And feet that fly on feathers,
And serpent-circled wand.

Reading of "The Merry Guide"

Commentary

In "The Merry Guide," the speaker follows a memory-ghost of himself as a youth as he dramatizes his walks through the countryside.

First Movement: Feeling the Air

Once in the wind of morning
I ranged the thymy wold;
The world-wide air was azure
And all the brooks ran gold.

The speaker introduces the world of this poem, describing it as "the thymy wold" and the "world-wide air was azure / And all the brooks ran gold."

The reader smells the world and it smells spicy like "thyme." The air is fresh to breathe, and the reader can feel that air and visualize the golden water flowing through the streams.

Second Movement: Imaginary Walking Partner

There through the dews beside me
Behold a youth that trod,
With feathered cap on forehead,
And poised a golden rod.

With mien to match the morning
And gay delightful guise
And friendly brows and laughter
He looked me in the eyes.

Oh whence, I asked, and whither?
He smiled and would not say,
And looked at me and beckoned
And laughed and led the way.

And with kind looks and laughter
And nought to say beside
We two went on together,
I and my happy guide.

In the second quatrain, the speaker introduces an imaginary walking partner: a young boy wearing a "feather cap" with a "golden rod."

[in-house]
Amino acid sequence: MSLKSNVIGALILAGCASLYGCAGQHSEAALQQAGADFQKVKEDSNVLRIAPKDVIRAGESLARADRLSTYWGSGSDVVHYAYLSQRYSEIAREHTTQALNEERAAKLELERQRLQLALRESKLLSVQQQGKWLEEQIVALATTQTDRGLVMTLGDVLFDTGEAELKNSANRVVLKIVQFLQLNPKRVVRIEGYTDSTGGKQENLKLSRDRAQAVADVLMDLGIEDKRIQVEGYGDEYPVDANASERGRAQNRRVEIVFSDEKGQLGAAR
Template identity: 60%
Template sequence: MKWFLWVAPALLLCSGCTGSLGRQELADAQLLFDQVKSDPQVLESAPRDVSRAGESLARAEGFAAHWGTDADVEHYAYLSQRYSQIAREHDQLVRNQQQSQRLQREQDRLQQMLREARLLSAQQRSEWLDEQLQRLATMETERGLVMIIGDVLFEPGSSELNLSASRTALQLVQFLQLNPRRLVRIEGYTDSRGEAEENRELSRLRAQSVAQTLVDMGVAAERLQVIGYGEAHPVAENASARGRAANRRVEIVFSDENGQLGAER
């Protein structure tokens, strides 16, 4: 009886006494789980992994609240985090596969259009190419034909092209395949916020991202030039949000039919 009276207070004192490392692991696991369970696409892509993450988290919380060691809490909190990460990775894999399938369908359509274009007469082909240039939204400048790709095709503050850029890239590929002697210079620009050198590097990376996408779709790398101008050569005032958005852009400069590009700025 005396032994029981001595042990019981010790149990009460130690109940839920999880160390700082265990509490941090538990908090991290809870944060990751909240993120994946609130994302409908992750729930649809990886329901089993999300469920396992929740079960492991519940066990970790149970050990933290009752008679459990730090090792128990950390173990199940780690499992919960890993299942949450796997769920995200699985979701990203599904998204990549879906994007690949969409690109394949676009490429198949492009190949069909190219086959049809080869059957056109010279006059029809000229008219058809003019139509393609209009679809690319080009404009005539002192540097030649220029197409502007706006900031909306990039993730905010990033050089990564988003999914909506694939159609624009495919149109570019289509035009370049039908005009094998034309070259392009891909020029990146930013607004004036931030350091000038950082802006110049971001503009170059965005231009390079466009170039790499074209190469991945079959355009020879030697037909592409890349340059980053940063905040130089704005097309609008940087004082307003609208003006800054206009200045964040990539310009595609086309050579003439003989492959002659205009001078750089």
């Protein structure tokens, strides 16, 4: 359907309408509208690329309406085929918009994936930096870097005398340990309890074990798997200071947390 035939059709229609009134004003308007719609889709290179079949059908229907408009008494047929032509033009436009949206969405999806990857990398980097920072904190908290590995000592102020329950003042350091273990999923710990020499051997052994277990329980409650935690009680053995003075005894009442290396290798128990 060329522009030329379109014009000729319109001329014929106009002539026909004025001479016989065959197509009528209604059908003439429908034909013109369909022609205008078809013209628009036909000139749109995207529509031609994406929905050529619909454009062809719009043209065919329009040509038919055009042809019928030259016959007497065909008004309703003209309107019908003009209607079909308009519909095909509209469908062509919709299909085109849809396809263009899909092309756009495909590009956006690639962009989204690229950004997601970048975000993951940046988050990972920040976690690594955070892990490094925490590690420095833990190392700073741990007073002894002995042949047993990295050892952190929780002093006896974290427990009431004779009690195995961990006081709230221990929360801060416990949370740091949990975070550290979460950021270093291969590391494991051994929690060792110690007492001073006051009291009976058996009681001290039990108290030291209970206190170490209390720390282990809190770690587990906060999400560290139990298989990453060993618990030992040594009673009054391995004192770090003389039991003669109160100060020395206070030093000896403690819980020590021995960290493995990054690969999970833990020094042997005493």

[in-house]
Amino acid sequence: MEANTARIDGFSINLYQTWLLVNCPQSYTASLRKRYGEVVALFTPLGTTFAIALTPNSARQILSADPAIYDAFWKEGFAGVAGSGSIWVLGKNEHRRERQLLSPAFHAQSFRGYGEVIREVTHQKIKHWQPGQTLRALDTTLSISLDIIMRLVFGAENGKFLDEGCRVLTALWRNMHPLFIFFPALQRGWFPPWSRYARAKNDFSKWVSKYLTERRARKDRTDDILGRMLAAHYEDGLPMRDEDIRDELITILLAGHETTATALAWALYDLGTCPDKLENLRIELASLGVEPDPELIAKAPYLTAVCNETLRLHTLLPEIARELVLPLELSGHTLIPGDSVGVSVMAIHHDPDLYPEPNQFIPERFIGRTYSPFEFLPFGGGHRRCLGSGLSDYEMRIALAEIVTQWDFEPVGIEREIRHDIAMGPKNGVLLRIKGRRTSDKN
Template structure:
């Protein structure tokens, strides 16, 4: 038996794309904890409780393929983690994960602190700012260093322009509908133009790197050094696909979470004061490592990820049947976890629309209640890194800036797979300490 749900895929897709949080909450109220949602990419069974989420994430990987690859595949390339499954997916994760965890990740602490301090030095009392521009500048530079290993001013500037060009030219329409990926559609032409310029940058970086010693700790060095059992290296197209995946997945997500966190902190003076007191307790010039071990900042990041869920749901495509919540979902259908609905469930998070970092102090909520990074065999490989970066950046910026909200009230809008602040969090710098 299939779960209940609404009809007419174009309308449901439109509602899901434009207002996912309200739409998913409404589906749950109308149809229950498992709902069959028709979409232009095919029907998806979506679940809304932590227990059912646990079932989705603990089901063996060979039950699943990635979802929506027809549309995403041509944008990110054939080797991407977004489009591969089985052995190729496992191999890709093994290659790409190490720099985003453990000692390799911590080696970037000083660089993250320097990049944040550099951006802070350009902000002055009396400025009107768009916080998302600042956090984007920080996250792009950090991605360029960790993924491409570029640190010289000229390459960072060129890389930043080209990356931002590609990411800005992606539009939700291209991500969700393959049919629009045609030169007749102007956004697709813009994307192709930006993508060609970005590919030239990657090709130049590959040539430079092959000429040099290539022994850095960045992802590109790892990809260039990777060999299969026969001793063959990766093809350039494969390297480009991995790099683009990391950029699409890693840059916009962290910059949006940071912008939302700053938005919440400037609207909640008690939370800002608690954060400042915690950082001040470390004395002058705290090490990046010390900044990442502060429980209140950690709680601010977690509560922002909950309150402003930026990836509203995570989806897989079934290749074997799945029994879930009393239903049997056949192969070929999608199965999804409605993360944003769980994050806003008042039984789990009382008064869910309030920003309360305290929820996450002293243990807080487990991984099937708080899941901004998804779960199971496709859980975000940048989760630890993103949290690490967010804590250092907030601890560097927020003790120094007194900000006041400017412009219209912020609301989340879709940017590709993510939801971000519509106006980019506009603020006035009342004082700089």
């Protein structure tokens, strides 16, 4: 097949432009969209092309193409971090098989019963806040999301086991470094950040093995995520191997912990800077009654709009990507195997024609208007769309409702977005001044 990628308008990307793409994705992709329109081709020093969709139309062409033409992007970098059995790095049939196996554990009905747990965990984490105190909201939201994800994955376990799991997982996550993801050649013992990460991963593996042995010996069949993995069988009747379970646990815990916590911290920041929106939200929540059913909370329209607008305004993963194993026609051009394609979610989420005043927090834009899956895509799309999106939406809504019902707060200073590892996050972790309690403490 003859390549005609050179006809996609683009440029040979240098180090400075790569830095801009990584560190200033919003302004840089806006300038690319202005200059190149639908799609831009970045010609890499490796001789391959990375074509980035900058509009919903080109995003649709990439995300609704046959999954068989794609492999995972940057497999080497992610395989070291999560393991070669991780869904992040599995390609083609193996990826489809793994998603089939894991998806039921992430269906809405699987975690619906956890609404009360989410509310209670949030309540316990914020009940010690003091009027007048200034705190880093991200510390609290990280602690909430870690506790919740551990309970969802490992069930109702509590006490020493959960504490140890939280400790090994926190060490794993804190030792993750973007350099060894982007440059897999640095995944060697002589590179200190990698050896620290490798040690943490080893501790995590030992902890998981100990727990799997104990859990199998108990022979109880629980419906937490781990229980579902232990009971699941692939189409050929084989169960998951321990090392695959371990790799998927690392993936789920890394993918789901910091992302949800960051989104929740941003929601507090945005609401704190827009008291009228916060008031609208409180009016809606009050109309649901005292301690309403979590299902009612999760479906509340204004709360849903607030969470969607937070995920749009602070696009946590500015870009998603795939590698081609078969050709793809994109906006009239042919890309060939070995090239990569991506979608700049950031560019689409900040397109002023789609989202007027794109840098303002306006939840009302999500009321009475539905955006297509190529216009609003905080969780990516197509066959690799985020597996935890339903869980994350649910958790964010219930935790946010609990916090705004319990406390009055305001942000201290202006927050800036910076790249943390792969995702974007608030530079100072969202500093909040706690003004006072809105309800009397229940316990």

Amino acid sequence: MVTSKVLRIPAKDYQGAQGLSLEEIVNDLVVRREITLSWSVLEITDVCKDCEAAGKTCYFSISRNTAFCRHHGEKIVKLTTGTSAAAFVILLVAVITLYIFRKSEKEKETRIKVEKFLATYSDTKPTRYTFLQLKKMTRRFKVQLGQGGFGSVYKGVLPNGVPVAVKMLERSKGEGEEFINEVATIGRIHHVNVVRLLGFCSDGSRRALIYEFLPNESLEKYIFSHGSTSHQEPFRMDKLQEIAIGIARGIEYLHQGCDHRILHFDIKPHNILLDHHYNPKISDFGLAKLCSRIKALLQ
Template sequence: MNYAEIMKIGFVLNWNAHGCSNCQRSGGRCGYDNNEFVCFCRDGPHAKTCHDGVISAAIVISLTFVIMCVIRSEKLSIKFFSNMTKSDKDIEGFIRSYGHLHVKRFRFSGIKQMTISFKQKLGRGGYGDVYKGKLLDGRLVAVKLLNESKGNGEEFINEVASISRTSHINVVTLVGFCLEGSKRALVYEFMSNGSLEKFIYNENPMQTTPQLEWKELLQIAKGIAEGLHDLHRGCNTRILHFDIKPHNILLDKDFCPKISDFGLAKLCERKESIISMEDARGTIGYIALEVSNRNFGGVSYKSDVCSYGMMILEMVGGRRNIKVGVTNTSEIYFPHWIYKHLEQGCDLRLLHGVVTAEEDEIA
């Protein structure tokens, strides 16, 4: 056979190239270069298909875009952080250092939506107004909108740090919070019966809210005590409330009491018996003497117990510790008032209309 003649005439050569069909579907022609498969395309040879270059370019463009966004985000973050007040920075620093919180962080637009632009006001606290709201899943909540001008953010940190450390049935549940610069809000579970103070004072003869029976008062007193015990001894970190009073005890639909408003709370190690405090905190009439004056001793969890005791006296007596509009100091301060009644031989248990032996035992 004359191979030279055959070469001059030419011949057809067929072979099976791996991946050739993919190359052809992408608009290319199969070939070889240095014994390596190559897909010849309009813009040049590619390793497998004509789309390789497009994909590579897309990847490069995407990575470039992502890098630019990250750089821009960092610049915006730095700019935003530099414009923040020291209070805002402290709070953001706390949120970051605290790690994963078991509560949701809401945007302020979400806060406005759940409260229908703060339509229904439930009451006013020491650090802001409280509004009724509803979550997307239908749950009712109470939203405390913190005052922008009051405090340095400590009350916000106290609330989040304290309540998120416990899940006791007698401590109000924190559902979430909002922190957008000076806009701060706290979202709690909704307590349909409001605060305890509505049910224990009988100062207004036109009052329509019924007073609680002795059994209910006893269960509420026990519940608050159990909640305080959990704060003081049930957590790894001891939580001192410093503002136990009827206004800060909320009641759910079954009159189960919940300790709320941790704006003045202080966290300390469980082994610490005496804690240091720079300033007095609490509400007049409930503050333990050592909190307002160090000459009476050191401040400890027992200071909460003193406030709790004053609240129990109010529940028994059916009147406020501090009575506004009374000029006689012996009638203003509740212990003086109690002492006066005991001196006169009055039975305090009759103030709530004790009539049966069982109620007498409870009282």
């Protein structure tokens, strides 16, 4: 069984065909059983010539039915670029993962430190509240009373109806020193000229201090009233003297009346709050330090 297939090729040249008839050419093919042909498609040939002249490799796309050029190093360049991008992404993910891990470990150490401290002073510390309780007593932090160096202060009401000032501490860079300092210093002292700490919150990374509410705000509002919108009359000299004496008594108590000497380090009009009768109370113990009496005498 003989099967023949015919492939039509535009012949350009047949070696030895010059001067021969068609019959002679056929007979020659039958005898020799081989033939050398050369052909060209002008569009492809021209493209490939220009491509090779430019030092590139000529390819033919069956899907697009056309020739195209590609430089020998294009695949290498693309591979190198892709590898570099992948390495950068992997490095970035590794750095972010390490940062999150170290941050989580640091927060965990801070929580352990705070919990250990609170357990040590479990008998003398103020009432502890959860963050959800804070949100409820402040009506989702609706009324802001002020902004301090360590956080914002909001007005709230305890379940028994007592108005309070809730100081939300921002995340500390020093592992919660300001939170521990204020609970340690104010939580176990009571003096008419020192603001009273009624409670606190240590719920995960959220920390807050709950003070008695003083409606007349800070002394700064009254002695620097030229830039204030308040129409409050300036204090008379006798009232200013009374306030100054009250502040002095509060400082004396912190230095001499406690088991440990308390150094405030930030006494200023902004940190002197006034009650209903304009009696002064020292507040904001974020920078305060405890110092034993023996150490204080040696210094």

The young fellow is pleasant and suited to the morning: he is friendly and laughs and gazes into the speaker's eyes; he smiles, but he never speaks, even after the speaker asks him where he came from and where he is going.

The speaker playfully allows the youth to lead him on his walk. It is at the point that the reader realizes the youth is the speaker himself when he was younger. The speaker remembers another day that seemed so perfect for a hike back when he was a youth.

Thus, he dramatizes his memory of himself as a youth taking this walk, calling his vibrant memory-ghost, "my happy guide."

Third Movement: On a Hike

Across the glittering pastures
And empty upland still
And solitude of shepherds
High in the folded hill,

By hanging woods and hamlets
That gaze through orchards down
On many a windmill turning
And far-discovered town,

With gay regards of promise
And sure unslackened stride
And smiles and nothing spoken
Led on my merry guide.

By blowing realms of woodland
With sunstruck vanes afield
And cloud-led shadows sailing
About the windy weald,

By valley-guarded granges
And silver waters wide,
Content at heart I followed